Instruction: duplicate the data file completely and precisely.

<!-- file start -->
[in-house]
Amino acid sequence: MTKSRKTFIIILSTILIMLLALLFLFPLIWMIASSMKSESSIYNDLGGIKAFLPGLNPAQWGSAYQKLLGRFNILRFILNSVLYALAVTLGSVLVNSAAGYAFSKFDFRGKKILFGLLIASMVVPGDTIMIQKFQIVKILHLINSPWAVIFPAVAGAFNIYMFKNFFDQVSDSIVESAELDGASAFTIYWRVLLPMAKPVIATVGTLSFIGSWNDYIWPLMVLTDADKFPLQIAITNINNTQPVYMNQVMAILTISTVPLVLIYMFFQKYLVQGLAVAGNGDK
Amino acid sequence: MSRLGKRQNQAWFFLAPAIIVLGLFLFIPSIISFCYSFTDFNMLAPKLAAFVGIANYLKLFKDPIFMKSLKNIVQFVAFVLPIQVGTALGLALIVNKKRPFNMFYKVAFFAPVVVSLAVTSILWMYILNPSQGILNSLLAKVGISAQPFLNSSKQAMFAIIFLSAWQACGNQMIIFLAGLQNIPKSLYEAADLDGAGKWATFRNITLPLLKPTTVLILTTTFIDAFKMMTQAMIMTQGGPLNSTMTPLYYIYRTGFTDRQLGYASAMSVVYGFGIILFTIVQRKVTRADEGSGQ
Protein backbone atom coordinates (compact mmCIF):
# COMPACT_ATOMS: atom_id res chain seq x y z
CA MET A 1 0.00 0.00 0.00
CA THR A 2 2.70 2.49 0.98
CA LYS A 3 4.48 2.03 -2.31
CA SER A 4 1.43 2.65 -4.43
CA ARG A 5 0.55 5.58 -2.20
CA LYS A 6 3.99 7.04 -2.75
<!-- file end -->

[in-house]
Amino acid sequence: MTKSRKTFIIILSTILIMLLALLFLFPLIWMIASSMKSESSIYNDLGGIKAFLPGLNPAQWGSAYQKLLGRFNILRFILNSVLYALAVTLGSVLVNSAAGYAFSKFDFRGKKILFGLLIASMVVPGDTIMIQKFQIVKILHLINSPWAVIFPAVAGAFNIYMFKNFFDQVSDSIVESAELDGASAFTIYWRVLLPMAKPVIATVGTLSFIGSWNDYIWPLMVLTDADKFPLQIAITNINNTQPVYMNQVMAILTISTVPLVLIYMFFQKYLVQGLAVAGNGDK
Amino acid sequence: MSRLGKRQNQAWFFLAPAIIVLGLFLFIPSIISFCYSFTDFNMLAPKLAAFVGIANYLKLFKDPIFMKSLKNIVQFVAFVLPIQVGTALGLALIVNKKRPFNMFYKVAFFAPVVVSLAVTSILWMYILNPSQGILNSLLAKVGISAQPFLNSSKQAMFAIIFLSAWQACGNQMIIFLAGLQNIPKSLYEAADLDGAGKWATFRNITLPLLKPTTVLILTTTFIDAFKMMTQAMIMTQGGPLNSTMTPLYYIYRTGFTDRQLGYASAMSVVYGFGIILFTIVQRKVTRADEGSGQ
Protein backbone atom coordinates (compact mmCIF):
# COMPACT_ATOMS: atom_id res chain seq x y z
CA MET A 1 0.00 0.00 0.00
CA THR A 2 2.70 2.49 0.98
CA LYS A 3 4.48 2.03 -2.31
CA SER A 4 1.43 2.65 -4.43
CA ARG A 5 0.55 5.58 -2.20
CA LYS A 6 3.99 7.04 -2.75